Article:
Helpful resources for Alberta businesses
Opening a business on Alberta Street
Alberta Street has a unique mix of retail, entertainment, and dining experiences within a strong community making it a sought after place to open a business. The neighborhood, business community, and trending data all assert that there is great business opportunity for Alberta Street going forward. If you are thinking about opening a business on Alberta Street, we invite you to learn more about the needs and opportunities and how Alberta Street compares to other parts of Portland.
The Alberta Main Street Business Development Team works with home-based businesses, as well as new and established businesses with a commercial storefront. If you would like to get in touch with our Small Business Development Team, contact Ann Griffin – firstname.lastname@example.org. Or call 503-683-3252.
If you are thinking about starting your own business, these are good resources to check out:
- Business Oregon networks with many organizations to help entrepreneurs find resources and access services to start a business in Oregon.
- Micro Enterprise Services of Oregon seeks to improve the economic opportunities of underserved individuals through empowerment, education, and entrepreneurship for the benefit of families in the greater community.
- Oregon Small Business Development Centers (SBDCs) are partnerships between government and community colleges throughout Oregon. They are administered by the Small Business Administration and aim to provide educational services for small business owners and aspiring entrepreneurs.
- Mercy Corps NW provides business programs and resources through micro-loans, matched business grants, and small business classes taught by business professionals. They also support entrepreneurs with one-on-one business counseling. Mercy Corps Northwest is the only SBA Women’s Business Center in Oregon, providing funding, matched savings, and other resources to help female entrepreneurs become self-sufficient.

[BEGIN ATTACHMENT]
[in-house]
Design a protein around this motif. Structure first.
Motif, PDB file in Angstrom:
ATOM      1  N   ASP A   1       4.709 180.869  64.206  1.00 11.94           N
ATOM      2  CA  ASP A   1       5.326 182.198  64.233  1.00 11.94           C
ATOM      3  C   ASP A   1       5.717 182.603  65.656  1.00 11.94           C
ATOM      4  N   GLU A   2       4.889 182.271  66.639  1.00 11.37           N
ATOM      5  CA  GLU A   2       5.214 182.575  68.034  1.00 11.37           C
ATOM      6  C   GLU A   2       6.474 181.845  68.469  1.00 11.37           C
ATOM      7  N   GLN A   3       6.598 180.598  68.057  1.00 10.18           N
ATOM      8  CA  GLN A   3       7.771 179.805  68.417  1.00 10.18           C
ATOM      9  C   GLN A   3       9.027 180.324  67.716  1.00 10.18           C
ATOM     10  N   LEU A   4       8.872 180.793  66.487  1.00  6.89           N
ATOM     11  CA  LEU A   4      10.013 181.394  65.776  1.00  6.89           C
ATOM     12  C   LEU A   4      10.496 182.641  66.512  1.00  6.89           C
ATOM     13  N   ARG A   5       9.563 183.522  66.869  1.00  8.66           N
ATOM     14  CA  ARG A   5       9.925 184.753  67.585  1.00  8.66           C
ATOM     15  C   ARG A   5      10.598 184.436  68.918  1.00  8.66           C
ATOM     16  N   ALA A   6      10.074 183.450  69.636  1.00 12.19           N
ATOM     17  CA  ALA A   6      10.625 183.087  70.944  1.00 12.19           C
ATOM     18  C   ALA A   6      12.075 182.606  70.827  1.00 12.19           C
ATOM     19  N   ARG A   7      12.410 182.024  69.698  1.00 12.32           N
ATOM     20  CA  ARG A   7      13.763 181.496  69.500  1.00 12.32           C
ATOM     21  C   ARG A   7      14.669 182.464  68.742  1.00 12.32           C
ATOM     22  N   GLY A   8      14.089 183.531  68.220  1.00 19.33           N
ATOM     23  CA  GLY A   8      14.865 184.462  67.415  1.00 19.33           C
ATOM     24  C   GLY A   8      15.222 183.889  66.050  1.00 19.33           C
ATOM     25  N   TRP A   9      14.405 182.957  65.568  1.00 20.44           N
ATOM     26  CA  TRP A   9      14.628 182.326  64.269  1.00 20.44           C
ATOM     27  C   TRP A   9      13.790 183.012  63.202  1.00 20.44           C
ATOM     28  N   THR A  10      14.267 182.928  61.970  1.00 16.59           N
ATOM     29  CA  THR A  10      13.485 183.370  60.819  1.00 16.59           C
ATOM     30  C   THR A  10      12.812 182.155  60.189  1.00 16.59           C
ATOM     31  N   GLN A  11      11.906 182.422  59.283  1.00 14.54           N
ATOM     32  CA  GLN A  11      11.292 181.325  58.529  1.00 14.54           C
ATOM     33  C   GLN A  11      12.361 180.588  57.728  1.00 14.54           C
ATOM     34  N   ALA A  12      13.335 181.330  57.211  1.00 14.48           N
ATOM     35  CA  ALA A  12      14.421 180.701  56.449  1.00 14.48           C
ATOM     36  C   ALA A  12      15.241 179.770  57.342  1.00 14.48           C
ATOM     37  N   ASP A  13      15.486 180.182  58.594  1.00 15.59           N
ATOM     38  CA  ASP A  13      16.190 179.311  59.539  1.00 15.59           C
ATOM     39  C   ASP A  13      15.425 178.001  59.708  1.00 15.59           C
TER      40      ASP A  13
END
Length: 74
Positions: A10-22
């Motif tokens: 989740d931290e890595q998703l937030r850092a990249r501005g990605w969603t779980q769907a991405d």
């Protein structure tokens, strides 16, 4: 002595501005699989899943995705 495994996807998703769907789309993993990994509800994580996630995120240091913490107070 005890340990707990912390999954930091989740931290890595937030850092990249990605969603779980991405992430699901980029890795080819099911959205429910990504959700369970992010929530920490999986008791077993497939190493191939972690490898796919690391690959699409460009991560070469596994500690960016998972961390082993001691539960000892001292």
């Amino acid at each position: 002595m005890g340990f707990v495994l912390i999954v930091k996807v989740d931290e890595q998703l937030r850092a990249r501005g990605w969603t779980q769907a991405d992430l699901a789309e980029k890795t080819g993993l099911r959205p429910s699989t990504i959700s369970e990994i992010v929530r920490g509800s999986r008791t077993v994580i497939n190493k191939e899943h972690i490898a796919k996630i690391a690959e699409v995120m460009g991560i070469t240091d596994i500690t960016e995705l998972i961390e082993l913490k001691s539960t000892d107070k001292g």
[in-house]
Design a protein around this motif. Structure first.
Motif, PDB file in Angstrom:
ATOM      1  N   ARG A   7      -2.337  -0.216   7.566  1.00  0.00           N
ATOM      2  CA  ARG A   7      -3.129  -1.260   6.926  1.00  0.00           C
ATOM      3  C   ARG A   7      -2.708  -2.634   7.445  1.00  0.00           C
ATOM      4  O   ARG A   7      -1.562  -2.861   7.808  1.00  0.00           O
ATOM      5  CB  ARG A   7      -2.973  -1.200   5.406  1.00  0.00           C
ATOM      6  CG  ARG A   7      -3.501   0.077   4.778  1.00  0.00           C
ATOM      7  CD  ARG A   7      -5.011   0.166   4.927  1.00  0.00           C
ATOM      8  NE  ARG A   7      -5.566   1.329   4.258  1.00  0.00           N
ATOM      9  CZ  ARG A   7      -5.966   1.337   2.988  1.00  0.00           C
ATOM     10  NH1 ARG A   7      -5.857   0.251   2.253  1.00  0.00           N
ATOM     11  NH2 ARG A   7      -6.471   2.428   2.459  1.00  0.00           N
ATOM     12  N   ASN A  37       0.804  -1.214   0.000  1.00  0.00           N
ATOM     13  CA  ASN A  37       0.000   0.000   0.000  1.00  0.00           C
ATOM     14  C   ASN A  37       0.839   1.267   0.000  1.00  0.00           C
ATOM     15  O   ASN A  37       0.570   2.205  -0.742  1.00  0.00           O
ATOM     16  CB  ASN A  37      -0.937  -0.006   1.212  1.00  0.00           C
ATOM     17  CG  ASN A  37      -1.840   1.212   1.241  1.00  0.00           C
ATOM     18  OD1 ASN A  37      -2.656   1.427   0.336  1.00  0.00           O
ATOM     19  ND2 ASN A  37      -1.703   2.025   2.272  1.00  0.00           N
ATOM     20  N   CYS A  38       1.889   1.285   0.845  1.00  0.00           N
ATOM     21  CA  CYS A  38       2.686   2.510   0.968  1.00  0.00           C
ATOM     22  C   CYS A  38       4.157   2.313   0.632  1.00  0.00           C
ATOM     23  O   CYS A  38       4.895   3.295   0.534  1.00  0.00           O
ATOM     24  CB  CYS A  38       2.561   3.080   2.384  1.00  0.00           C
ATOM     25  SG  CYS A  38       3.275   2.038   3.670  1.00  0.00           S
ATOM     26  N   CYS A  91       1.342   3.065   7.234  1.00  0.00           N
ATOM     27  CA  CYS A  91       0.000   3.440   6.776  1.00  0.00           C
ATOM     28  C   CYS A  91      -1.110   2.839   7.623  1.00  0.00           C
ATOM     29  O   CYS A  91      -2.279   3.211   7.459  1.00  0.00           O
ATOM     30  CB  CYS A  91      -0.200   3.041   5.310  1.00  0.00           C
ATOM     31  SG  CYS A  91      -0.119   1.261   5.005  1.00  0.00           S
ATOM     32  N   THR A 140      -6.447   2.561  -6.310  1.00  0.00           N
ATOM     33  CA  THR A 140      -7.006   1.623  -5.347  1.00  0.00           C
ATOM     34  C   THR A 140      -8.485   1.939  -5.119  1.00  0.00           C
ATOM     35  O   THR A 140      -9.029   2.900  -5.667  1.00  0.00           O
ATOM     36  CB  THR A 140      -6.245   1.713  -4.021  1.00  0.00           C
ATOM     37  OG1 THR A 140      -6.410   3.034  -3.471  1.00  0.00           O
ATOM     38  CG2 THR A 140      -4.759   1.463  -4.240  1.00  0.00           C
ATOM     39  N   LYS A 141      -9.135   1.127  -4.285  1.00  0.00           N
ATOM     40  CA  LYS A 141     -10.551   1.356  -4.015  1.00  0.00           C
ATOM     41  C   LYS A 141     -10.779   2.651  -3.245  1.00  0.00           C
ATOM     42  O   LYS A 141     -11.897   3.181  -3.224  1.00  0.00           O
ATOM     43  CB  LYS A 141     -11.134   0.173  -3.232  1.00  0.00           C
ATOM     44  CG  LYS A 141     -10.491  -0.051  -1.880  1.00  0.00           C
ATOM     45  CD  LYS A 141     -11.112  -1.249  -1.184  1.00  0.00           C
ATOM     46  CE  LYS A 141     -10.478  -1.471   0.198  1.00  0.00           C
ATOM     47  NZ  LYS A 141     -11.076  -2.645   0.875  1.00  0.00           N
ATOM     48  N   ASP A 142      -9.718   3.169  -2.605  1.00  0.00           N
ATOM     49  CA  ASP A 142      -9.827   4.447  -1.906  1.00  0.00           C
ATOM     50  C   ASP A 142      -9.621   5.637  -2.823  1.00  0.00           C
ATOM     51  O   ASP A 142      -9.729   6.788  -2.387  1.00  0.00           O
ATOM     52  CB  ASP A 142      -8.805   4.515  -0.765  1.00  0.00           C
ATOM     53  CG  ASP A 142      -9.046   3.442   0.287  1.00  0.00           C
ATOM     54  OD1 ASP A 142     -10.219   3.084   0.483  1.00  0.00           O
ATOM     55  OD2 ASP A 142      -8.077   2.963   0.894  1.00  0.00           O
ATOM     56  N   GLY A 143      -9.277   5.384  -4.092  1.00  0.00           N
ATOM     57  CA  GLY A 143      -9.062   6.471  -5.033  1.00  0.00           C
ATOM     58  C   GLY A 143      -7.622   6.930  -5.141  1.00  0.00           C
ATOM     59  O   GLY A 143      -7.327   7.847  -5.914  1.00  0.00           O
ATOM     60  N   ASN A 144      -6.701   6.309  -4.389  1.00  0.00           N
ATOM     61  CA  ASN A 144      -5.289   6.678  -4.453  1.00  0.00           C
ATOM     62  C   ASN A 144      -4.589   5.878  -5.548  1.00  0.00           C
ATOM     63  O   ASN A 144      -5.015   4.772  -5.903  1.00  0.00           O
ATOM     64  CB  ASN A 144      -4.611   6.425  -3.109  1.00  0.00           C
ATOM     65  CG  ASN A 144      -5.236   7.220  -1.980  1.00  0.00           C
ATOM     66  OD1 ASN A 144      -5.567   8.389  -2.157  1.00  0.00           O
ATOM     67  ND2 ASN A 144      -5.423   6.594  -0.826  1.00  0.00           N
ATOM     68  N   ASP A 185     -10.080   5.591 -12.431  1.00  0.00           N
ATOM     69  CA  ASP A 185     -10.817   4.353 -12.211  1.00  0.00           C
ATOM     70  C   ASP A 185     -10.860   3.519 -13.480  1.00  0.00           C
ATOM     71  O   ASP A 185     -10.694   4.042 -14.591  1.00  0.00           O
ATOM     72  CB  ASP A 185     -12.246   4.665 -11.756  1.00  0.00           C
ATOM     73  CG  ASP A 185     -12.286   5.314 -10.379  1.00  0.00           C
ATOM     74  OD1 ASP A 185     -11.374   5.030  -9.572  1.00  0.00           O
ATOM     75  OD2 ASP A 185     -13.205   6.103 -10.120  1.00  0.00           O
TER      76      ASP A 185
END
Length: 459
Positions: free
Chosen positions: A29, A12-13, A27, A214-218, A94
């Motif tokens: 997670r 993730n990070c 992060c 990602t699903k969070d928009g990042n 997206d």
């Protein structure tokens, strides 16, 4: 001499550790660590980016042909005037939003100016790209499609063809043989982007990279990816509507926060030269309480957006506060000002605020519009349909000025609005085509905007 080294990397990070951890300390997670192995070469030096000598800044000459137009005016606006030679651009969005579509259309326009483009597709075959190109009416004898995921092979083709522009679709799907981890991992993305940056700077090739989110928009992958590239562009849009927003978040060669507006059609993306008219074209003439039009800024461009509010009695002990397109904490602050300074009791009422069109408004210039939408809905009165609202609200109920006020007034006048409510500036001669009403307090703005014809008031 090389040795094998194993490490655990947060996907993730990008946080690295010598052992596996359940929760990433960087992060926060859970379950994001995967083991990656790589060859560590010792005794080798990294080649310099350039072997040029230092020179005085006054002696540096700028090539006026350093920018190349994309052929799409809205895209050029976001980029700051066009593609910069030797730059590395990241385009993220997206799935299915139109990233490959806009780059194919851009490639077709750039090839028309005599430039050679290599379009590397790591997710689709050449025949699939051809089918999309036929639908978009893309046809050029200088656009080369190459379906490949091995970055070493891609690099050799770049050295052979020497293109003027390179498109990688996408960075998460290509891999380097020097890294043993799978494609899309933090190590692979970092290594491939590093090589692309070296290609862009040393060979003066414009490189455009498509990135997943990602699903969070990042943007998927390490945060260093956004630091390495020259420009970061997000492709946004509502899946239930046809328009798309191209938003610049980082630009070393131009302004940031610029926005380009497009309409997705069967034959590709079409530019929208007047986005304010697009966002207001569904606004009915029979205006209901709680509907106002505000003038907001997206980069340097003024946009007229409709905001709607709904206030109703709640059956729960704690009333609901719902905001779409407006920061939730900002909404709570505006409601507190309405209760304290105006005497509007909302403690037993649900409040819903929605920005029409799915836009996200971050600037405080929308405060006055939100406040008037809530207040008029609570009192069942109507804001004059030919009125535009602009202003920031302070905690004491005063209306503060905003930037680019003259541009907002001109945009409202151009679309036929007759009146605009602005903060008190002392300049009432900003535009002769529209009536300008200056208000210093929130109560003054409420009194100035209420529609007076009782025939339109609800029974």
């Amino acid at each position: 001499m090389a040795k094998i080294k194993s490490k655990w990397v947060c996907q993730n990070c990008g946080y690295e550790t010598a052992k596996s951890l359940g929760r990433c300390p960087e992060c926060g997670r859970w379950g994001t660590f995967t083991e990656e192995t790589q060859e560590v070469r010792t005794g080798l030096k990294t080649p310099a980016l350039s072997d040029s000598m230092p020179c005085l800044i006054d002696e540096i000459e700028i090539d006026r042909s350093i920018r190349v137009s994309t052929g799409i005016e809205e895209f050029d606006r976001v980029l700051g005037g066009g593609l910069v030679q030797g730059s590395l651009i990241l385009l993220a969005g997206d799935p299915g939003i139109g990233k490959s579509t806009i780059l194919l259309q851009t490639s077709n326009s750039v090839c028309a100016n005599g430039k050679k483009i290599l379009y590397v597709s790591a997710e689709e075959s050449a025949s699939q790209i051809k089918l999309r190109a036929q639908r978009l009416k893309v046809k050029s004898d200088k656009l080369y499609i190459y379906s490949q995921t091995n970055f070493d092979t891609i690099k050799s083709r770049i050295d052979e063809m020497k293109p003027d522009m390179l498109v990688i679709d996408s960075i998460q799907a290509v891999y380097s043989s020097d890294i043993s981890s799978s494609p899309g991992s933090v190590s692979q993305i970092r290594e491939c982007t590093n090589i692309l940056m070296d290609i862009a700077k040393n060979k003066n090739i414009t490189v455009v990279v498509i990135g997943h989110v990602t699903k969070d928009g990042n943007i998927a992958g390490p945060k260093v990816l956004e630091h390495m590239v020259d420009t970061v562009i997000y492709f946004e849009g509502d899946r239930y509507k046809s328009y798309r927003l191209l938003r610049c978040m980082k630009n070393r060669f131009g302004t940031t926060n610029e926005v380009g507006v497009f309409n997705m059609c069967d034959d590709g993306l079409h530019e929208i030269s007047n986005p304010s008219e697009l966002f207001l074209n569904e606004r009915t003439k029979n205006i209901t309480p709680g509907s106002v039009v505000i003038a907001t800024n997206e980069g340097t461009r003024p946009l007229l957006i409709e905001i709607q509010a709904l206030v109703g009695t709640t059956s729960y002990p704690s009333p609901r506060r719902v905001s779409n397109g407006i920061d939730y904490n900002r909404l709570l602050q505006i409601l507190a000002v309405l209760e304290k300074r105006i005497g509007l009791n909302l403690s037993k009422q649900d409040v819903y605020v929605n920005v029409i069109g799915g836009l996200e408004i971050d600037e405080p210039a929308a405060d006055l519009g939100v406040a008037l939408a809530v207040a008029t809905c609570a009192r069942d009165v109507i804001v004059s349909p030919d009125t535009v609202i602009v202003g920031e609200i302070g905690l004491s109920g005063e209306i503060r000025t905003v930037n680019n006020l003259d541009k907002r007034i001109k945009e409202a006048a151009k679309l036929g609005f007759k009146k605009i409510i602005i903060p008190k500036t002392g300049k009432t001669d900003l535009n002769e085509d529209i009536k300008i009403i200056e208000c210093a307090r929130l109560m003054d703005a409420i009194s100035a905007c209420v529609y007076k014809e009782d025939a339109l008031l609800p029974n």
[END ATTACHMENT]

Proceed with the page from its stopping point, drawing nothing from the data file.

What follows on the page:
- The Board of County Commissioners are committed to fostering a thriving business climate in Multnomah County.
- The Small Business Administration Portland district office is responsible for the delivery of the agency programs and services to 30 of the 36 western counties in Oregon and 4 counties in Southwestern Washington.
Doing business on Alberta Street
Alberta Street has a distinct identity as a successful mixed-used district with a local, small-business focus. Independent businesses continue to thrive while the district attracts new businesses. If you’re a business owner on Alberta, you already know this. What you may not know is how other businesses are performing or where new opportunities lay. Alberta Main Street compiled responses from business and customer surveys as well as information from an independent market analysis to help local businesses optimize product offerings and identify opportunities for expansion.
Contact Alberta Main Street for more information – email@example.com.
- The Multnomah County Supported Employment Program connects young people (ages 17-27) with well-matched employment opportunities. You can avoid expensive advertising by contacting Multnomah County Supported Employment to gain access to a pool of motivated applicants who can start work immediately. They screen and interview all applicants in advance to provide you with the best match and only send qualified applicants who can meet the needs of the position. The program provides ongoing support and training. To learn more, contact Tosha Bock, Supported Employment Specialist, 971.804.1243.